Review: Fargo (1996)


North Dakota seems like a lovely place to visit!

Written By: Ethan & Joel Coen
Directed By: Ethan & Joel Coen

It’s been a long time since I last watched Fargo. I remembered the film being quite violent and having scattered bits of quirky funniness. What I didn’t remember is just how much of Fargo is a comedy. To be even more specific I wasn’t prepared for how Fargo is an observational comedy similar to the Coen Brothers The Big Lebowski. Fargo is about the reactions of its characters, and how we observe those reactions. The Coen Brothers have directed a very funny film, it just happens to be about kidnapping, murder, and violence.

The observational aspect of the film is what ties us to the characters. On the one hand you have a series of boorish, and bumbling men, who don’t truly observe the world around them. They act and react, but they do so in a way that is not based on paying attention. That’s why they bumble so much, and why they ultimately are doomed to fail at whatever they attempt. The female sheriff is the character who takes the time to truly observe the world around her. She pays attention, she notices how people are acting, what they say, and how they react to what she is saying or doing. That’s why she will succeed, and why despite her apparent yokel demeanor she’s the smartest character in the film by a wide margin.

As I said previously, the comedy in Fargo is also of a conversational nature. A scene that highlights this is when Marge is interviewing Jerry for the second time. The lines themselves may be funny, but it’s in Jerry’s reaction to Marge and Marge’s reaction to Jerry’s fleeing that the true comedy is found. Fargo is peppered with comedic moments based on observational reactions. In that sense we supply a lot of the humor as the viewer. Because the comedy isn’t about what the characters are doing but how we have decided to react to them based on our observations. Judy running for her life with a pillow case over her head shouldn’t be funny. What makes it funny is the reaction we form based on watching how Carl and Gaear react to her attempt to run away. If anything Fargo reveals a darker sense of humor in those, like me, who find it very funny.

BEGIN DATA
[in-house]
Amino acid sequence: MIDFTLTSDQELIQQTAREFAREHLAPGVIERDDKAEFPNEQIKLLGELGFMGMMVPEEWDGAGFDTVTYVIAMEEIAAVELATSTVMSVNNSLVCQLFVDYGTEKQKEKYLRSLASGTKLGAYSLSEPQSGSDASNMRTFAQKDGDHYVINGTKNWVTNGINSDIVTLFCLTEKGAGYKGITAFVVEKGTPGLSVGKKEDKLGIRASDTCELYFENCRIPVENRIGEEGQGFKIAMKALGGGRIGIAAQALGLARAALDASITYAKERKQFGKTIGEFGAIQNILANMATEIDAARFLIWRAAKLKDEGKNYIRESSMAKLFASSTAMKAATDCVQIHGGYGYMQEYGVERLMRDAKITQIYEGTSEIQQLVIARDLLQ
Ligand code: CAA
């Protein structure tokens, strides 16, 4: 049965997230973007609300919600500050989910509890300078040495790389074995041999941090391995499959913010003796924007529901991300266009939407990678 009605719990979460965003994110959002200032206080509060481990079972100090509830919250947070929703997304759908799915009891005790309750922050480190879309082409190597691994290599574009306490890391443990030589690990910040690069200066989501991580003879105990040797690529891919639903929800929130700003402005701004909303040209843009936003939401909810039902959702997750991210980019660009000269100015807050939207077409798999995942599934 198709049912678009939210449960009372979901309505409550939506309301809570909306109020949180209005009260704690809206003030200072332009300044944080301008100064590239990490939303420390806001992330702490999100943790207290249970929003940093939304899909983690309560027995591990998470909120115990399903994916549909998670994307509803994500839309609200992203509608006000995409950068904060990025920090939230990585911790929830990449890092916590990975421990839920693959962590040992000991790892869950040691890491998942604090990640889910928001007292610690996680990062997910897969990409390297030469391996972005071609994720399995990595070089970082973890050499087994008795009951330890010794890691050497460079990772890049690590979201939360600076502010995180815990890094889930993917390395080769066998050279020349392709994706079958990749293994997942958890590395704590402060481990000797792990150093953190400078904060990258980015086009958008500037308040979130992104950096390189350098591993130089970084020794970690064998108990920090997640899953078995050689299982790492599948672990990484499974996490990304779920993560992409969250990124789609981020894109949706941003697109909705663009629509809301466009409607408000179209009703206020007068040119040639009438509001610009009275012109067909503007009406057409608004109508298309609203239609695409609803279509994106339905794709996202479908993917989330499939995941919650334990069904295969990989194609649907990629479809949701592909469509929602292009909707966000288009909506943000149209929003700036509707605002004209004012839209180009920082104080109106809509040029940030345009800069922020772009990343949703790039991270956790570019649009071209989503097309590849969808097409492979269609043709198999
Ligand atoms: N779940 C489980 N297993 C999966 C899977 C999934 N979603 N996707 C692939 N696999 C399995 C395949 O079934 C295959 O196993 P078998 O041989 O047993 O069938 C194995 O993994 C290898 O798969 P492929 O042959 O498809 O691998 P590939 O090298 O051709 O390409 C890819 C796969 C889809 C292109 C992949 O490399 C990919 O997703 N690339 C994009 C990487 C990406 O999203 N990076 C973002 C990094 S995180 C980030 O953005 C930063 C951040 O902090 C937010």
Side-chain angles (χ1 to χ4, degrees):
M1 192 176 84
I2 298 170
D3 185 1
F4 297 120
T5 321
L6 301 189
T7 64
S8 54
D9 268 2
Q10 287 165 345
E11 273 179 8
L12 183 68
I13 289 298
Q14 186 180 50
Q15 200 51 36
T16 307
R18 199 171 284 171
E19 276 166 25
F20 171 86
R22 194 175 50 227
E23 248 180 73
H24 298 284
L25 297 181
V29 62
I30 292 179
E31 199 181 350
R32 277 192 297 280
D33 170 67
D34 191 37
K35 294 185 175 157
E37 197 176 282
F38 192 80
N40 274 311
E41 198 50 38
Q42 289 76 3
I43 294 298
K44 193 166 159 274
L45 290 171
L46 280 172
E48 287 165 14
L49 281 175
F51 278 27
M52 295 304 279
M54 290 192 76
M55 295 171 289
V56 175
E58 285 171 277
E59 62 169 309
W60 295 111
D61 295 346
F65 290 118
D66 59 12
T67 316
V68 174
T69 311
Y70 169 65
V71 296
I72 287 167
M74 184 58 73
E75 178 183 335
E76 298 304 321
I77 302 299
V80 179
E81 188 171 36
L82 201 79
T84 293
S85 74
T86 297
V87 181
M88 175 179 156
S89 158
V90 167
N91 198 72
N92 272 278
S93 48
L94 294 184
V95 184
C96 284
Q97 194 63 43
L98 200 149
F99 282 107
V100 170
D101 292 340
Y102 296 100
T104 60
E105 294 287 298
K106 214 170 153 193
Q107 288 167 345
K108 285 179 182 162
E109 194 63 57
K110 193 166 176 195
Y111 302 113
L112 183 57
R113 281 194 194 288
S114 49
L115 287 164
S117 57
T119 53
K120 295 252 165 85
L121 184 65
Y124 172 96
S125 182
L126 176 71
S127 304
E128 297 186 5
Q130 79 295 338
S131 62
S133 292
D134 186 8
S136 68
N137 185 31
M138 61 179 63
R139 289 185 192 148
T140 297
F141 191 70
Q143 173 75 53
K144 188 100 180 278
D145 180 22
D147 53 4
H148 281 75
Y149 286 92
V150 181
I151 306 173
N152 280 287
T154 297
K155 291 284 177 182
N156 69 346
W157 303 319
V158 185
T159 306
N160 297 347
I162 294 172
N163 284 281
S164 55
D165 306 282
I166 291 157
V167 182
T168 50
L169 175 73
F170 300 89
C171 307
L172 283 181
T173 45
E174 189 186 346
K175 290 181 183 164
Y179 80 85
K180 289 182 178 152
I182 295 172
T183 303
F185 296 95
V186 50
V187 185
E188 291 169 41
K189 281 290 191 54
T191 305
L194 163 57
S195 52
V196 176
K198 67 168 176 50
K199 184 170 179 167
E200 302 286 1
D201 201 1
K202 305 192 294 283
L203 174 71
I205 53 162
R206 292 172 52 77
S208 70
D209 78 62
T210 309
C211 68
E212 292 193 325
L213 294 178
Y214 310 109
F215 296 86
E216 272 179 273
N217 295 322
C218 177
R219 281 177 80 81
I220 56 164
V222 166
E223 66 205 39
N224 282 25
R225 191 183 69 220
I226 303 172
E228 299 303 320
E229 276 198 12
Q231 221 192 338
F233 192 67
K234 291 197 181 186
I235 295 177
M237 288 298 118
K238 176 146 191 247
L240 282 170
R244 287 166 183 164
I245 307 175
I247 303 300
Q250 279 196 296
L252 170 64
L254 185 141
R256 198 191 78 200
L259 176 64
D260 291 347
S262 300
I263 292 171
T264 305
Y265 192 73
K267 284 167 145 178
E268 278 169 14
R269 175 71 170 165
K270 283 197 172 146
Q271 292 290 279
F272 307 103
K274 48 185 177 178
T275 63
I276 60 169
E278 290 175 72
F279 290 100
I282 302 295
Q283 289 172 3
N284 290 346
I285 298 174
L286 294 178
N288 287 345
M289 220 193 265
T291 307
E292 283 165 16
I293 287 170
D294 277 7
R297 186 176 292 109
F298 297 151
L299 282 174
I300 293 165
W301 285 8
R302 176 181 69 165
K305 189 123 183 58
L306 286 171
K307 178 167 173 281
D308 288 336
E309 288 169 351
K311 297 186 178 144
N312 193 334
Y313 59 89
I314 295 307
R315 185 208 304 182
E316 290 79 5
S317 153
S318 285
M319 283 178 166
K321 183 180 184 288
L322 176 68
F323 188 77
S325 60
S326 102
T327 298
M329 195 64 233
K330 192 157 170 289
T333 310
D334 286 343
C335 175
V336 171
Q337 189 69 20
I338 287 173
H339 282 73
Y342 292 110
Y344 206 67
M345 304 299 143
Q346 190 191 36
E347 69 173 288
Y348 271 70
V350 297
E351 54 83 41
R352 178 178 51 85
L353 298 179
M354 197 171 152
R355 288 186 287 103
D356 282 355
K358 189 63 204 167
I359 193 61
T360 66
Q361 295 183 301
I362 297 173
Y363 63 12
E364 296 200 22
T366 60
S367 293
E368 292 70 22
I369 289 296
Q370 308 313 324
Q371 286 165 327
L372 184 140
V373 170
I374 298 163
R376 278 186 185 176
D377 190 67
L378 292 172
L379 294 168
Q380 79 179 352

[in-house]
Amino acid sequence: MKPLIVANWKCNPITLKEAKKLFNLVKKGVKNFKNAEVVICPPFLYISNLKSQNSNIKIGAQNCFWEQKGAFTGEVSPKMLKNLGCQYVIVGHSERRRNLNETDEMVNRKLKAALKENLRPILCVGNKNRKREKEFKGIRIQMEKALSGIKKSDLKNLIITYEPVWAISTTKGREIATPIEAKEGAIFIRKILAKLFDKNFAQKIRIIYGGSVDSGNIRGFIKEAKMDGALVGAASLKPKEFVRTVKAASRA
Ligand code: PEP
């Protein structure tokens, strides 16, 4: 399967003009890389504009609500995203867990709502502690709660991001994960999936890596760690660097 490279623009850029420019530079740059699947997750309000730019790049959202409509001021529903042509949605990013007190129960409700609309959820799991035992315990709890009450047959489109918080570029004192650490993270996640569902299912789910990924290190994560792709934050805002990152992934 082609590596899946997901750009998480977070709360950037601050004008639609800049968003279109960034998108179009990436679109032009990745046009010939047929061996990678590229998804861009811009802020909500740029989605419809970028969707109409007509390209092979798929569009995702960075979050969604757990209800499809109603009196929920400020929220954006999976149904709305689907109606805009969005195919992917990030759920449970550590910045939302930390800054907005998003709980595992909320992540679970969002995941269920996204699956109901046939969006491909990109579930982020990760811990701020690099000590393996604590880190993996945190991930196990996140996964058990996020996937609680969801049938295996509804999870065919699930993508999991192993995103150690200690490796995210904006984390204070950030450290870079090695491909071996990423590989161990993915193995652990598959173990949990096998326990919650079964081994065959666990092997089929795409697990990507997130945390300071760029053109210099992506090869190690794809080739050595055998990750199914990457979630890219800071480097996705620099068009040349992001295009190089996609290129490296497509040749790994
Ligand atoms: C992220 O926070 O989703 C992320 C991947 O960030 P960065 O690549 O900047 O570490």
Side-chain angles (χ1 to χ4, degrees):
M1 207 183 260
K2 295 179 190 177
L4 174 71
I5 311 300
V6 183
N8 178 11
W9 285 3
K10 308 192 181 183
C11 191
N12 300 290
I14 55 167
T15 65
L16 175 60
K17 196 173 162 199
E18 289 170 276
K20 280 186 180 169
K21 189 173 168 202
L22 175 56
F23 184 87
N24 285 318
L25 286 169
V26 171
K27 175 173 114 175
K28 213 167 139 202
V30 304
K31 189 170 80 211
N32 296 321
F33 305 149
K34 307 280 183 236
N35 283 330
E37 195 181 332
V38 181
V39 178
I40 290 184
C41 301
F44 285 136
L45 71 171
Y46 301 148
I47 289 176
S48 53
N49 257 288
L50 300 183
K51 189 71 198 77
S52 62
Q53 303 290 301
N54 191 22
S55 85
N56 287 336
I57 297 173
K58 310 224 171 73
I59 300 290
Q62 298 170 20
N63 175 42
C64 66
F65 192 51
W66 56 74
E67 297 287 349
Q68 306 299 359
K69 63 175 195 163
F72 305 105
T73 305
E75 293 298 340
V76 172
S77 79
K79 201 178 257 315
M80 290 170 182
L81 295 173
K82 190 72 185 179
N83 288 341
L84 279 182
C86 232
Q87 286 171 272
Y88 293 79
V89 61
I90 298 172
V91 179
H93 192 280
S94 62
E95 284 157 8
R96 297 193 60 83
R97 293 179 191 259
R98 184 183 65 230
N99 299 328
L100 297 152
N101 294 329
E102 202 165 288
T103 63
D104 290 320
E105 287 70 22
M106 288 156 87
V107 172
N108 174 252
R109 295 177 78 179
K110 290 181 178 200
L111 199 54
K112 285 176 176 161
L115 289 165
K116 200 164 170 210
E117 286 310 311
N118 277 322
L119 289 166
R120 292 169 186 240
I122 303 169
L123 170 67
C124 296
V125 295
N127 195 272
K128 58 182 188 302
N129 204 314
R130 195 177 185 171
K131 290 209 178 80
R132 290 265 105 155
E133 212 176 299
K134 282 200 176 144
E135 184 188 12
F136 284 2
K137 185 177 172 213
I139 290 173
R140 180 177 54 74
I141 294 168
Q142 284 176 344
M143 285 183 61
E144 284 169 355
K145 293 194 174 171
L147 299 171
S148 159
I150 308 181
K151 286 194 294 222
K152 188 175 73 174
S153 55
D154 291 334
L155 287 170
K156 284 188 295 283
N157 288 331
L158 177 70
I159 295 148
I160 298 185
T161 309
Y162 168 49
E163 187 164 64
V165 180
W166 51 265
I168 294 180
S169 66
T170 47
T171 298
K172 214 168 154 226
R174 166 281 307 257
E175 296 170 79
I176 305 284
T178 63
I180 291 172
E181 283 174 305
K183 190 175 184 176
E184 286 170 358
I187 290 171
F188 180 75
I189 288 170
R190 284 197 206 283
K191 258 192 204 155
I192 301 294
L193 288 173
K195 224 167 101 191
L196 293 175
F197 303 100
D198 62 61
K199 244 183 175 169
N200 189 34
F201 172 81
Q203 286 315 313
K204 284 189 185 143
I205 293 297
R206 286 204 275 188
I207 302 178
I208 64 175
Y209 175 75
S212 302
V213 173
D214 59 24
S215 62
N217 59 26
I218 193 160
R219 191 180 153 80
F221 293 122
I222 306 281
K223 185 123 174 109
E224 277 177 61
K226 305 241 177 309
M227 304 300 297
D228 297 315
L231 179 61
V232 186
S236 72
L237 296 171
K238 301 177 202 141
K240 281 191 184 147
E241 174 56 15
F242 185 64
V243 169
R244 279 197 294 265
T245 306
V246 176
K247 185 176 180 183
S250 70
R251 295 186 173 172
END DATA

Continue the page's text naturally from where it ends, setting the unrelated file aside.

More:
There’s not much I can say about the construction of Fargo that hasn’t already been said. It’s a Coen Brothers film and that means that it is strong in all realms. The acting is top notch, the writing is on the mark, and the direction fits every scene in sublime fashion. The Coen Brothers have become modern filmmaking masters for a reason, and Fargo is but another example of the wonderful webs they can weave with their talent.

Ten years is too long to have gone in between viewings of this fine motion picture. Fargo is another master work from the Coen Brothers and is a pitch perfect representation of the disparate factors that make their films wholly, well, theirs. Fargo feels cold, and it also feels funny, mainly it’s a film where the filmmakers hold the audience in their hands and make them feel whatever they deem should be felt. If the Coen Brothers wanted me to feel that Fargo is a great film then they succeeded in every way possible.



Bill Thompson

4 responses to “Review: Fargo (1996)

  1. Jordan Richardson

    Pretty much a perfect film. Great job.

  2. It’s about as close to a perfect film as one can get.

  3. Jordan Richardson

    Not a second after I saw your reply, I saw a commercial for a TV series based on Fargo. It stars Billy Bob Thornton and Martin Freeman and looks like an anthology type deal. I wonder how that’ll be.

  4. I’ve heard good things about it. Probably won’t get around to watching it for a few years though.

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